Because people are used to that from the "APPLE" experience. Also, most complaints about Windows stem from people who run under powered systems or system that were not designed the latest and greatest!
The original netbooks couldn't run Vista or Windows 7 so they increased the specs, price, and size while reducing battery life. Since these new netbooks are basically just renamed notebooks there isn't any reason to call them netbooks anymore. "Windows Fatbooks" makes more sense.
who cares what they are called. MS needs to be more worried about pricing windows competitively enough so that we can afford to install Win7 on a "netbook" while still being able to sell "netbooks" cheaply.
notebook and PC is redundant. Are there super-computer notebooks or distributed computing notebooks? No. Microsoft needs to stop pandering to Apple marketing.
Besides, Microsoft is trying to segment netbooks that use low-powered CPUs (like the Atom). You can buy a $500 notebook that has ATI graphics and a dual-core Athlon CPU. Just because its $500 should it be dropped in with all the crappy Atom+IntelGPU netbooks? No.
If Microsoft wants to propose a new name, they should try one that doesn't suck.
This is the dumbest thing Microsoft can do. The only logical reason I can think for doing it is that they want to rebrand it in a way that benefits only them.
When a nickname for something sticks with people, you don't try to change it, no matter how much you think it doesn't make any sense. For example, a cable modem is NOT a modem, because "modem" is short for "modulator-demodulator" which basically means it's converting digital signals to analog and vice versa. A cable modem deals strictly with all digital signals, so there is no (de)modulating taking place, and therefore it's not a modem. Still, the term "modem" became the word commonly associated with a device that connects people to the internet, so even though it's no longer accurate, it's not worth trying to change. Once people have made a word/object association, they don't care whether it's inaccurate or not. Trying to change the word/object association will actually confuse people far more than leaving the inaccurate term in place.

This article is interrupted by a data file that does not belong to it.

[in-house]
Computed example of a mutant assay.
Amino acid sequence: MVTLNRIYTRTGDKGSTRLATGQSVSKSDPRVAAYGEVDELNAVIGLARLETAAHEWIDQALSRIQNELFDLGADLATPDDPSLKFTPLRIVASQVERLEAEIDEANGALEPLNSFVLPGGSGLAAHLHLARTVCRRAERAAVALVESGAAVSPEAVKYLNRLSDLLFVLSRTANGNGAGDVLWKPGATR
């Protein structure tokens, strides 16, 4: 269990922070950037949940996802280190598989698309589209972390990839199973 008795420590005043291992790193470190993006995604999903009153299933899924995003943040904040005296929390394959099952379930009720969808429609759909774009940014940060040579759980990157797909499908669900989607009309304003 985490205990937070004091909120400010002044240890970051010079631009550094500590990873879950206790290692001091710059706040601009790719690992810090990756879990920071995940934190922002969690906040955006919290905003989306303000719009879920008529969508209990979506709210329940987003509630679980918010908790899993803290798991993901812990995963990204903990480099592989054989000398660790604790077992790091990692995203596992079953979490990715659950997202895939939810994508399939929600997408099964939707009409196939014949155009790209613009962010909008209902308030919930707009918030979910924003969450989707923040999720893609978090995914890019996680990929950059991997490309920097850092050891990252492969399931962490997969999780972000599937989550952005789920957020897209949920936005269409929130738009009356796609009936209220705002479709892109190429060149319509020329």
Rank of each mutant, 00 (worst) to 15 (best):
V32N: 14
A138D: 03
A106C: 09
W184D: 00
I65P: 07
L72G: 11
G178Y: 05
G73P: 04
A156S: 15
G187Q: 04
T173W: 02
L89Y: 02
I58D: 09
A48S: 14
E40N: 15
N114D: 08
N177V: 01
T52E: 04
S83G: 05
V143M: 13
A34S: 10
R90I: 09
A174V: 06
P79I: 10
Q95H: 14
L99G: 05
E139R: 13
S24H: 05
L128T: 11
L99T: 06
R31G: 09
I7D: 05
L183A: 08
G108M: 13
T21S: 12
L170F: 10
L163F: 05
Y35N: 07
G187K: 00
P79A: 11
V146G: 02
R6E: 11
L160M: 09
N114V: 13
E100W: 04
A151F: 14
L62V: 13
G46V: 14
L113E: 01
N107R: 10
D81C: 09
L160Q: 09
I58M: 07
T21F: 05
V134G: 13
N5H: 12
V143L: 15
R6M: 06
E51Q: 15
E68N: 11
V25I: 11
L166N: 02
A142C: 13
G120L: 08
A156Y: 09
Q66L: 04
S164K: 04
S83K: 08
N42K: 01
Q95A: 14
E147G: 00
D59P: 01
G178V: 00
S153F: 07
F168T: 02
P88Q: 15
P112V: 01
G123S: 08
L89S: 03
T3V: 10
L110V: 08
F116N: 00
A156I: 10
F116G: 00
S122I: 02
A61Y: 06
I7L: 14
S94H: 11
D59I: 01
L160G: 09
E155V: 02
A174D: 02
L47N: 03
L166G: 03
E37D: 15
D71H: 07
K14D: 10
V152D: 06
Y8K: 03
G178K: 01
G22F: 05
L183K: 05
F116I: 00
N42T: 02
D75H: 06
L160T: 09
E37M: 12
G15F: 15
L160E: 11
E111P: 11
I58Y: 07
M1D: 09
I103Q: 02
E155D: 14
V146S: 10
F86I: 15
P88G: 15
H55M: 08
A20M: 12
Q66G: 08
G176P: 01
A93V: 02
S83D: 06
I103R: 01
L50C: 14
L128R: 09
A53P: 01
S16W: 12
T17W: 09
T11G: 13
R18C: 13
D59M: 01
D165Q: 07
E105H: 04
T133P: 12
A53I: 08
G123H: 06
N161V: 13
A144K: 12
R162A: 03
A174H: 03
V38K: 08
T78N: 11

Furthermore, with the wired (or wireless, if you prefer) world we live in today, most kinds of work involve some sort of network or internet access. I find very few things I need or want to do on a laptop that can work locally without any internet. So, I argue that "netbook" is NOT an inaccurate term at all, and the all-encompassing phrase Microsoft wants to replace it with, though maybe slightly more accurate, is far too cumbersome to remember.
Microsoft, I have three words for you: KNOCK IT OFF!!! If it ain't broken, don't try to fix it.
[citation][nom]sublifer[/nom]May also have something to do with that lawsuit against them using the term netbook. now they have to come up with and popularize a new term and hope they don't get sued for that...[/citation]
Actually that was Intel, and the suit has been dropped already.
Microsoft is probably more interested in folks NOT getting the idea that they can live without Microsoft... and with the advent of all sorts of internet based tools that do the same thing as windows based tools, the idea of a "Netbook" could quickly become a MS free windows alternative.
I'm not a MS hater by any means (Windows is on the vast majority of my pc's), but I think there's more to Microsoft's attempt to steer the identification of inexpensive laptops awayfrom the word "Net" than they're saying. IMO the most likely serious competitor to windows (at least at the very low end of the market) will be a combination of a basic Linux install with all the advanced Web apps being spit out by folks like Google and others.